In defense of the princess ... - Baby Steps in High Heels

Saturday, May 16, 2015

In defense of the princess ...

This week I read a post that made a plea for rough and tumble boyhood. This is what boys need to be true to themselves. I loved it. Today, I am making a plea for the princess-loving girly girls.

It is the sad truth that our culture has tried to turn dainty princesses into idols. Soft spoken damsels in distress have been made out to be the ultimate role models for young girls everywhere. It’s no wonder that modern women have turned up their noses at these antiquated ideals. We want our young girls to have strong, independent, self-sufficient women to admire. We want our young girls to aspire to greatness, not some demure, helpless thing in a pretty dress.

However, I just do not think that strong/independent/self-sufficient and pretty/sparkly/princess things need to be mutually exclusive.

I have watched my own daughter naturally, and against my own intentions, gravitate toward everything pink. When she was two, her favorite colors {in her own words} were: pink, purple, and sparkly. This is a girl who did NOT have a pink nursery. We did not buy her a lot of pink clothing, and she did not see a princess movie until almost age three. Yet, when she did, it was like she had found herself.

We thought she would outgrow the phase, but rather the princess obsession has only matured. Instead of role playing Cinderella, she now transforms into her own princess during playtime. Sometimes it is a combination of princesses she has watched in movies {and yes, we have gone through the obligatory and lengthy Princess Elsa phase}, but often she acts out her very own scenes.


She always wants to wear the longest ball gown she can find in her closet. Sometimes she layers dresses. Every piece of jewelry is carefully selected to complete her look, and sometimes she wears every single necklace, bracelet, and tiara she can find at the same time.

If, for some reason, she cannot play with her dress-up clothes, she turns towels into dresses, napkins into bracelets, rocks into rings, and books into tiaras. She channels her creativity and uses her imagination. And she is happy.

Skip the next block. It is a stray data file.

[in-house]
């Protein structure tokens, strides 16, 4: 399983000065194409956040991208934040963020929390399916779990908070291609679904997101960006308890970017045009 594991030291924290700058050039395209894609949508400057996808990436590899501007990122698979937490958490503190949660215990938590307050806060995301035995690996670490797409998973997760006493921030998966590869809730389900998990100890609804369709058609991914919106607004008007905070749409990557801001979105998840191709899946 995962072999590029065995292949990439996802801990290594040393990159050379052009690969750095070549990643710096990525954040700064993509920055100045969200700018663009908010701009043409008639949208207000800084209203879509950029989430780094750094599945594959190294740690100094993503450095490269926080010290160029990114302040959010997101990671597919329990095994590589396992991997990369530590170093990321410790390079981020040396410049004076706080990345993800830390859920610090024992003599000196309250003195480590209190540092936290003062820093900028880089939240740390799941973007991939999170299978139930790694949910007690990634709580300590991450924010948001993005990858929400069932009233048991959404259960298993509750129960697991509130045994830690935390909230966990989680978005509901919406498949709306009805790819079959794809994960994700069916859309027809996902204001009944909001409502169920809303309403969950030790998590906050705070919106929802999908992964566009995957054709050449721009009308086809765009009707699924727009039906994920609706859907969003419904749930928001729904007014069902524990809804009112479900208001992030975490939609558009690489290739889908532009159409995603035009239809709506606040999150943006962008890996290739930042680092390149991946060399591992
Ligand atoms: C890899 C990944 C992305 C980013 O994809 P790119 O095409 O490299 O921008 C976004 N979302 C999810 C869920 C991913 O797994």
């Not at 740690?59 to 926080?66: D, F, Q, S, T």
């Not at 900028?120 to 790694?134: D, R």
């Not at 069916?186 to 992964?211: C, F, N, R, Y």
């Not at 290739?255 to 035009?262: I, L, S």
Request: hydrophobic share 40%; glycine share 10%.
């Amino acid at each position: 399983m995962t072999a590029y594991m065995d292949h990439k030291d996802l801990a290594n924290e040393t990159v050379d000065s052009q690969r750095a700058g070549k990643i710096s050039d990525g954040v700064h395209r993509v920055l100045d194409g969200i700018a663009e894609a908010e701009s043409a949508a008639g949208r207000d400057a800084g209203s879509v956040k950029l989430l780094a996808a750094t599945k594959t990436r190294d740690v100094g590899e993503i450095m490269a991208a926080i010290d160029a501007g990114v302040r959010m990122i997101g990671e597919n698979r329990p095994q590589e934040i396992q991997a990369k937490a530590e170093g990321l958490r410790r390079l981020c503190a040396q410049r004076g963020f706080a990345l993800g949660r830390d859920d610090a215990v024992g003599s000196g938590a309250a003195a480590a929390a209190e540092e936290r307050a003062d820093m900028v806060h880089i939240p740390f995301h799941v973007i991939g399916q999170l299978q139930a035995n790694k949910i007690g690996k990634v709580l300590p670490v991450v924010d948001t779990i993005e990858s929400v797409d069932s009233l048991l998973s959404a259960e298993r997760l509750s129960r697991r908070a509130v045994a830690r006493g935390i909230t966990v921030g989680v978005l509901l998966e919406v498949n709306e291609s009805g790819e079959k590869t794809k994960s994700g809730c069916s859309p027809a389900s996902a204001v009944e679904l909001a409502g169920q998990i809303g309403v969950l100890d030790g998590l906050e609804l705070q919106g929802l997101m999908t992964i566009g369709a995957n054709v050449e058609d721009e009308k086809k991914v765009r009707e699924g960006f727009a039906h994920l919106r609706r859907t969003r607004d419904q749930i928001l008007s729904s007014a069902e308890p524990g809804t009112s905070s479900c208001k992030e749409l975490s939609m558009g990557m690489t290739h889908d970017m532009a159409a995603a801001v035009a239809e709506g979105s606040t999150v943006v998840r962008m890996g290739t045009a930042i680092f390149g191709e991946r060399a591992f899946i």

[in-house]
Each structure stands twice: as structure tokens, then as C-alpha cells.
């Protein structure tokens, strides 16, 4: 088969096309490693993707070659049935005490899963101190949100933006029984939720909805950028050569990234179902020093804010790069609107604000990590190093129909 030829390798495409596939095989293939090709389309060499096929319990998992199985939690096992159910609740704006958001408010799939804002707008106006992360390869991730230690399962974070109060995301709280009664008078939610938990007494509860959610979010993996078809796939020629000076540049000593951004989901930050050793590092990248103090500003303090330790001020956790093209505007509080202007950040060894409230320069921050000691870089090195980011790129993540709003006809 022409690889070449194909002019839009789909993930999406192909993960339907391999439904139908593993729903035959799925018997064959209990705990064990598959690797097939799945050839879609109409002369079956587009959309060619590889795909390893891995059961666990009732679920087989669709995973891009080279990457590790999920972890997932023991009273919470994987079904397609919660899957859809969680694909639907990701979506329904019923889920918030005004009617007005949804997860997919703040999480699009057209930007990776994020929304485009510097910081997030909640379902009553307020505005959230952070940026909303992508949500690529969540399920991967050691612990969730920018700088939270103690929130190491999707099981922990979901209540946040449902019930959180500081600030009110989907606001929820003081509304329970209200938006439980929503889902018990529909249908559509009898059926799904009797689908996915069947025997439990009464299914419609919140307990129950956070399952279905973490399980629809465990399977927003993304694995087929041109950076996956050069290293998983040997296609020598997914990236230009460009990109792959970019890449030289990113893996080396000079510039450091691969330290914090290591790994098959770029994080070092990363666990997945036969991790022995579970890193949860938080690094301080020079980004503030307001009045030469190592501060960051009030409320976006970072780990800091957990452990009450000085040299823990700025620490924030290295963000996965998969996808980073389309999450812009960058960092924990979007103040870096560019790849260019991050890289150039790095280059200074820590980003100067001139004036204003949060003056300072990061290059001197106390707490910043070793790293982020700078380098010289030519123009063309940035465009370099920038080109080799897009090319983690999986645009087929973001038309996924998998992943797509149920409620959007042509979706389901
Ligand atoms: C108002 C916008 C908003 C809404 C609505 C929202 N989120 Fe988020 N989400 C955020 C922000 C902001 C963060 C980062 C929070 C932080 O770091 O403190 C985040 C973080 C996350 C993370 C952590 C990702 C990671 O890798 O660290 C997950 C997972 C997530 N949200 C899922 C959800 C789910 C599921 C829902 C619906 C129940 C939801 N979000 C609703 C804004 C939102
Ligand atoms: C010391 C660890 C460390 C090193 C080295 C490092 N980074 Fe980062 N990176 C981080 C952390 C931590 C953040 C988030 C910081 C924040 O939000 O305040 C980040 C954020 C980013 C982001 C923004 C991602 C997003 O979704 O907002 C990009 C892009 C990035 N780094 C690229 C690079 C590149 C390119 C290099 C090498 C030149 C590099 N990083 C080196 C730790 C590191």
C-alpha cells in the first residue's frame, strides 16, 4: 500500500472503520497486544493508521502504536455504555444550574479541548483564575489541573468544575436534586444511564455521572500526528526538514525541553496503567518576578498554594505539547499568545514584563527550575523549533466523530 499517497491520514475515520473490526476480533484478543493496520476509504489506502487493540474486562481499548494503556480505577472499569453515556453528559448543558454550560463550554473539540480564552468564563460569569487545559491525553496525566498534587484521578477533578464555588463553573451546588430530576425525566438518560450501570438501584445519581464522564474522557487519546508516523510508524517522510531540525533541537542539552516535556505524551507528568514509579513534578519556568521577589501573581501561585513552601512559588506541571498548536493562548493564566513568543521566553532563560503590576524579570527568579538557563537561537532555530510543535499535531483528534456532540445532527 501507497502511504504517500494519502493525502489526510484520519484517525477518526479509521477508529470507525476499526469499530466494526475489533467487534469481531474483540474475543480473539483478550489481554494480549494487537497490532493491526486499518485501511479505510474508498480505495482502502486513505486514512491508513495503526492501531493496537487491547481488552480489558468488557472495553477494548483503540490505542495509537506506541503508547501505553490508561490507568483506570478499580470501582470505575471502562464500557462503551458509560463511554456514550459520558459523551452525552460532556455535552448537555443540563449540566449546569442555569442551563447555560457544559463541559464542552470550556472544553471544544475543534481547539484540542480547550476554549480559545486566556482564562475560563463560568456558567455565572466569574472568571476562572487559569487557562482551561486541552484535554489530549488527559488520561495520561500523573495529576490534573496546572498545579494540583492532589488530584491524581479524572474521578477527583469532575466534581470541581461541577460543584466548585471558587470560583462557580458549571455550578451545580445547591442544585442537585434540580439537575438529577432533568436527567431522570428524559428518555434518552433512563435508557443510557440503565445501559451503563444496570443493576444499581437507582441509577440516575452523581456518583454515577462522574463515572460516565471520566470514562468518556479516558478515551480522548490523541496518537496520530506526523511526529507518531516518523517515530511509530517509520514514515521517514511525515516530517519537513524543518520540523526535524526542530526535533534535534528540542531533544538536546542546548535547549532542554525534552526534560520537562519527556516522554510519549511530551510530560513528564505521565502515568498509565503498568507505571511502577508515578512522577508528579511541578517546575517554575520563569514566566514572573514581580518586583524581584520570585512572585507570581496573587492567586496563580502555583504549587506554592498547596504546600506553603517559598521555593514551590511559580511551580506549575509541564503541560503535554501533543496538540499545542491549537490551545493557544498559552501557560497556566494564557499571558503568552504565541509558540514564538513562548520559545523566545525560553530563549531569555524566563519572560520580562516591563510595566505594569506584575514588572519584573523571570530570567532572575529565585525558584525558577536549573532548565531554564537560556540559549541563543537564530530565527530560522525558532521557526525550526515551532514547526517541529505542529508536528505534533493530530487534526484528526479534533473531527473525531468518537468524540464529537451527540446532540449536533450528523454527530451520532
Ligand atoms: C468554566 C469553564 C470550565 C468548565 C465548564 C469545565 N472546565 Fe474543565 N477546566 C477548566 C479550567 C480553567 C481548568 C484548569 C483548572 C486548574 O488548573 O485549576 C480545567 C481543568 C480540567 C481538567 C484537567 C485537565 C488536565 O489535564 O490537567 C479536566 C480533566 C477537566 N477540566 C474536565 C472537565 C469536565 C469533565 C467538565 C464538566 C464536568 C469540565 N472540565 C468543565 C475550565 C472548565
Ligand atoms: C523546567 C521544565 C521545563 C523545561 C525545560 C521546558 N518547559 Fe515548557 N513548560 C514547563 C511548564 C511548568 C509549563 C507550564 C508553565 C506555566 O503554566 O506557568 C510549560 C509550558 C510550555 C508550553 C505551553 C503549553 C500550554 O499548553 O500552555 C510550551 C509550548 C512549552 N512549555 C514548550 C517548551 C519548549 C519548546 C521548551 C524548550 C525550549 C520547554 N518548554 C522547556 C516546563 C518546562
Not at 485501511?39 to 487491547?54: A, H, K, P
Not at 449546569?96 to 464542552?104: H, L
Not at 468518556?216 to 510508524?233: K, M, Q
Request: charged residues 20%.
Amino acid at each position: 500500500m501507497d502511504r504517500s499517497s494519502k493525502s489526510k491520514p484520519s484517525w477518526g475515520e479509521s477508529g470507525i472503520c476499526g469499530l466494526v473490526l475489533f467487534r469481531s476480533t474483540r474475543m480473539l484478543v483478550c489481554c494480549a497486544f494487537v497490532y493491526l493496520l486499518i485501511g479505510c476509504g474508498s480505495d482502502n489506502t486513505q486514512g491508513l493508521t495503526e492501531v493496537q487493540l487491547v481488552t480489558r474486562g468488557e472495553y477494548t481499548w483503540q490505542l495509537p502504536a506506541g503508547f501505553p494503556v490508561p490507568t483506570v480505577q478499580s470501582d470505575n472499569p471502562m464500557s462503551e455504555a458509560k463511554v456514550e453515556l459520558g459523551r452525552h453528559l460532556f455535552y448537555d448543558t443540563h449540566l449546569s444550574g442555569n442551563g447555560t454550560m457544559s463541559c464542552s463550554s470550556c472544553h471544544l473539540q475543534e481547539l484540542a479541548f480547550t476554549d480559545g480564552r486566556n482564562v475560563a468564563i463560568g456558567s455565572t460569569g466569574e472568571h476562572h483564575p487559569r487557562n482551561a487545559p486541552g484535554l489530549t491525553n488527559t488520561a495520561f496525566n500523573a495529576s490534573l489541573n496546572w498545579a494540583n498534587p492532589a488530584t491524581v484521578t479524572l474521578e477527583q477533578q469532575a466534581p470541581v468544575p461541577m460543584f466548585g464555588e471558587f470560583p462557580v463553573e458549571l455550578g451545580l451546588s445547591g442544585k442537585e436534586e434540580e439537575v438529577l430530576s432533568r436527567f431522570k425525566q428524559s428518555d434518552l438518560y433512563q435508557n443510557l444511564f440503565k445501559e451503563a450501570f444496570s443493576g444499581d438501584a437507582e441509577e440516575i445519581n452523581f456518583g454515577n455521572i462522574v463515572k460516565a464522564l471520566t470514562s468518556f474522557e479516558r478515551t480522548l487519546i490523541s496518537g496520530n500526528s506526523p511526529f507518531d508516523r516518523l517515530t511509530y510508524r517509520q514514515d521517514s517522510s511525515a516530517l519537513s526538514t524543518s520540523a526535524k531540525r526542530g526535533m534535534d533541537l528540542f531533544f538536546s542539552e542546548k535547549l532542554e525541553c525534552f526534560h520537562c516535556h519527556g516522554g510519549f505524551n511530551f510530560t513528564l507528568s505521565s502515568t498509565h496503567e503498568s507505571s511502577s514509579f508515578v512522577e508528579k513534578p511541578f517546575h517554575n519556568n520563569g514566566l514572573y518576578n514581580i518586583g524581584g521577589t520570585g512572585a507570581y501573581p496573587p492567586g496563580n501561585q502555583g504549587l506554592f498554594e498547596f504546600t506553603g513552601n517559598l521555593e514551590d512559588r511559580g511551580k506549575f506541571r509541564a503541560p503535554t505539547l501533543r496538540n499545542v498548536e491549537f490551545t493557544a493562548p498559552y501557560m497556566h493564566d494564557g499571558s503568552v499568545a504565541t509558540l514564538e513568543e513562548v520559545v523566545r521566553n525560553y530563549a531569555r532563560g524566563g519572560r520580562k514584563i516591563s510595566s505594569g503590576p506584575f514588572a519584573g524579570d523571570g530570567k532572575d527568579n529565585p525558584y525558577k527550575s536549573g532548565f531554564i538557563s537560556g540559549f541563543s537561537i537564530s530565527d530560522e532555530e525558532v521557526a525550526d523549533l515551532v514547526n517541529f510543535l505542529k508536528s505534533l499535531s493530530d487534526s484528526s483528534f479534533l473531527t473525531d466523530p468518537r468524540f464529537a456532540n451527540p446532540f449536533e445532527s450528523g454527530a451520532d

And when she is finally satisfied with her princess costume concoction du jour, she twirls.

And when she dances and twirls, all dressed up like a princess, the look of pure joy on her face cannot be ignored. She is in her element. She is her very own self. Being a princess-loving girl does not make her weak. It does not make her incapable. It does not mean she has less potential for greatness.

She is fierce. She is strong. She is independent. She never waits for a prince to rescue her. (Unless, of course, she is explaining to him how to do it.) Being true to herself and not being forced into somebody else’s conflicting ideal is what will propel her toward a lifetime of both joy and success. 

8 comments:

  1. She is simply a self rescuing princess. The best kind.

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  2. Wonderful and well said!!

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  3. Great perspective. I think as parents it's not our job to pigeon hole our kids into whatever society sets forth. I am a big advocate in gender neutral/equality/against stereotyping. I grew up playing in the mud but also loving pink. There shouldn't be divided spaces!! And with my young toddlers I give them the choice... Here are ALL of the toys (or whatever) you can choose in the store. Some times they go for the trucks and some times they grab a crown. If they are happy I am happy :) Great post!

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  4. Great post! It seems as though your daughter is the best of both worlds! She loves herself enough to have the princess complex however respects herself and has enough confidence to be independent! It is great that you are a parent who loves her no matter what personality she shapes into! This is a very cute post, thanks for sharing!! ~Amanda Marie~

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  5. Great post! It seems as though your daughter is the best of both worlds! She loves herself enough to have the princess complex however respects herself and has enough confidence to be independent! It is great that you are a parent who loves her no matter what personality she shapes into! This is a very cute post, thanks for sharing!! ~Amanda Marie~

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  6. Play time is imagination time and it looks like you are helping her figure out that princesses don't need rescuing.
    I'm glad I found you through facebook groups. Feel free to check out and comment on my blog as well. Keep posting!

    -Romina @ www.dietyogaenergy.com

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  7. Lovely post! I have an 8 month old and am operating under the "let him be little" principle. Society pushes a "no crying, be tough" agenda on little boys. He's already a tough little thing, but when he wants to cry or rest his little head on his mama's shoulder, you better believe I'm going to let him, and I'm going to soak in every minute.

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  8. I love this! I think the goal is not to go beyond the stereotypical Disney Princess and I think that without promoting it she was able to start embracing her own journey. My heart is touched. Thank you for sharing.

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